Euro campaigns earn credentials

Much-lambasted pan-European advertising has come into its own. Its creative quality ensures a single ad can embrace several cultures without detracting from the brand, says John Shannon. John Shannon is president of Grey International.

Pan-European advertising is often accused of being the “lowest common denominator”, spending too much time worrying about superficial national characteristics at the expense of the single bold idea with the power to move consumers in many markets.

In the past, I have steered away from joining this debate. “Local versus pan-European” is a familiar area of discussion and has been well covered over the years. Both sides invariably tread familiar theoretical ground, with little hope of proving the case one way or the other.

However, at one of our recent pan-European meetings, I was involved in analysing the results of the major advertising awards of the past year, with the specific purpose of assessing the state of creativity across the region.

Examination of winning work soon began to suggest that international advertising is going through something of a creative renaissance as advertisers seek to take their brands across borders.

Companies as diverse as IDV with Smirnoff, Microsoft, AT&T, British Airways, Polaroid, Nike, Volvo, Lee, Levi’s and a host of others, are producing major campaigns designed to run in many countries and relying on powerful, and often daring, creative executions.

This emphasis on creativity has not happened by accident. Indeed, it is quite clear that many markets, such as information and communications technology, airlines, and courier services, which are by definition international, are undergoing fundamental change. Not only have they grown and become more competitive, but product parity is making it more important to differentiate brands. This can only be achieved by advertising that crosses borders as effectively as the brands.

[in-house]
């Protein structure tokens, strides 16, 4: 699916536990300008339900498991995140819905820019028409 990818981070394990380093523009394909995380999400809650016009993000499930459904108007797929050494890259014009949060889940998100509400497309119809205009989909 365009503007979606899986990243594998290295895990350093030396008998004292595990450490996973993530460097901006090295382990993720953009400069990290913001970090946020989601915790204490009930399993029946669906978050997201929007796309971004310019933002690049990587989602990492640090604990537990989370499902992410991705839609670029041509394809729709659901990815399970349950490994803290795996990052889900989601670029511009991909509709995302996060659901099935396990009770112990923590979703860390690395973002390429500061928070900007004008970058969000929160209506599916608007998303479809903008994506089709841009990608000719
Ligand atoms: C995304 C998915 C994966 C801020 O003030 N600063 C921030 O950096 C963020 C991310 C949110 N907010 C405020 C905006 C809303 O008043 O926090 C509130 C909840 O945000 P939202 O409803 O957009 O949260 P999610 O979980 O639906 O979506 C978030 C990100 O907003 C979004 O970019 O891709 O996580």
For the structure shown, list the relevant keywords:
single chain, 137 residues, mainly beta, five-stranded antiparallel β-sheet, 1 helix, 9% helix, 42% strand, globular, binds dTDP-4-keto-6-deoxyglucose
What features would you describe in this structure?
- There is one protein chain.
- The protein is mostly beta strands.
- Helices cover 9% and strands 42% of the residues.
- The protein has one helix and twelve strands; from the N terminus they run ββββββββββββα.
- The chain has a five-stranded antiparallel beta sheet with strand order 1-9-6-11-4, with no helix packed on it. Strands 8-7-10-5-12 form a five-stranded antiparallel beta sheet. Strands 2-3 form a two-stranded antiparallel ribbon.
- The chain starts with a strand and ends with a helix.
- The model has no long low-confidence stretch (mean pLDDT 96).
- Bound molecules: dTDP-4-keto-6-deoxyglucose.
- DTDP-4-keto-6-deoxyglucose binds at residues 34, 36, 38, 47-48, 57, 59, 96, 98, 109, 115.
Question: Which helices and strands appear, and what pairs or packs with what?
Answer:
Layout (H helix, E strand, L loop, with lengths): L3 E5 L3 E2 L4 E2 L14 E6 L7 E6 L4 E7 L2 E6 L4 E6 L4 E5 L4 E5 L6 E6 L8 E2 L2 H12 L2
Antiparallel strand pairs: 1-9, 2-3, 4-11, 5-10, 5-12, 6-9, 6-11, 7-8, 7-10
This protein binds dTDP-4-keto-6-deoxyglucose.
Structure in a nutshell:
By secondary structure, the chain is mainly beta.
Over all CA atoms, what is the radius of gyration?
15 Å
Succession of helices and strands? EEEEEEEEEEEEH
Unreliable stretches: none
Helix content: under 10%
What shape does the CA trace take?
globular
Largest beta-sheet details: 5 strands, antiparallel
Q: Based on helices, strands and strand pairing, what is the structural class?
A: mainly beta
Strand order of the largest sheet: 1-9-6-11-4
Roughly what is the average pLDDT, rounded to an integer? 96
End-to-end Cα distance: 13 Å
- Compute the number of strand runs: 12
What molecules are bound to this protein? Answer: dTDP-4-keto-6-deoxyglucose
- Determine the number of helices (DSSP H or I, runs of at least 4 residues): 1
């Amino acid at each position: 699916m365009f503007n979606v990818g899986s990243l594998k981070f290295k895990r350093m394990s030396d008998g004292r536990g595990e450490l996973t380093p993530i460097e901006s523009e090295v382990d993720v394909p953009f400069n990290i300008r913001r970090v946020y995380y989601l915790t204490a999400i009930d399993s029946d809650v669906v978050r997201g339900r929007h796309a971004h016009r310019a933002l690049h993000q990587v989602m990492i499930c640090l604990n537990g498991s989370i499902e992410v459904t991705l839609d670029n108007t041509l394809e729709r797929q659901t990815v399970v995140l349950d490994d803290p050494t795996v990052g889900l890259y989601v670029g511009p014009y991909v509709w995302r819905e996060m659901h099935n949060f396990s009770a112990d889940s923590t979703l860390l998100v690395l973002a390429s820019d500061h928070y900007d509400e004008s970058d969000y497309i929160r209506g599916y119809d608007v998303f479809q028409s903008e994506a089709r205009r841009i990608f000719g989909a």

Creative quality is also showing in the advertising of upmarket lifestyle products, an area that has long espoused international advertising but has also been regarded as creatively lacklustre. Today, however, it is possible to point to luxury goods campaigns where creative ideas are transcending cultural differences and are regarded as original and relevant wherever they run.

The same is happening in the drinks sector, notably with brands such as Smirnoff and Seagram’s

Glen Grant. These products are being transformed into fashionable brands internationally.

The challenge for agencies is to ensure advertisers compete cost-effectively in an increasingly crowded market.

It is a challenge that has carried the “Local versus pan-European” debate from the realm of the abstract into a concrete test of pan-European advertising.

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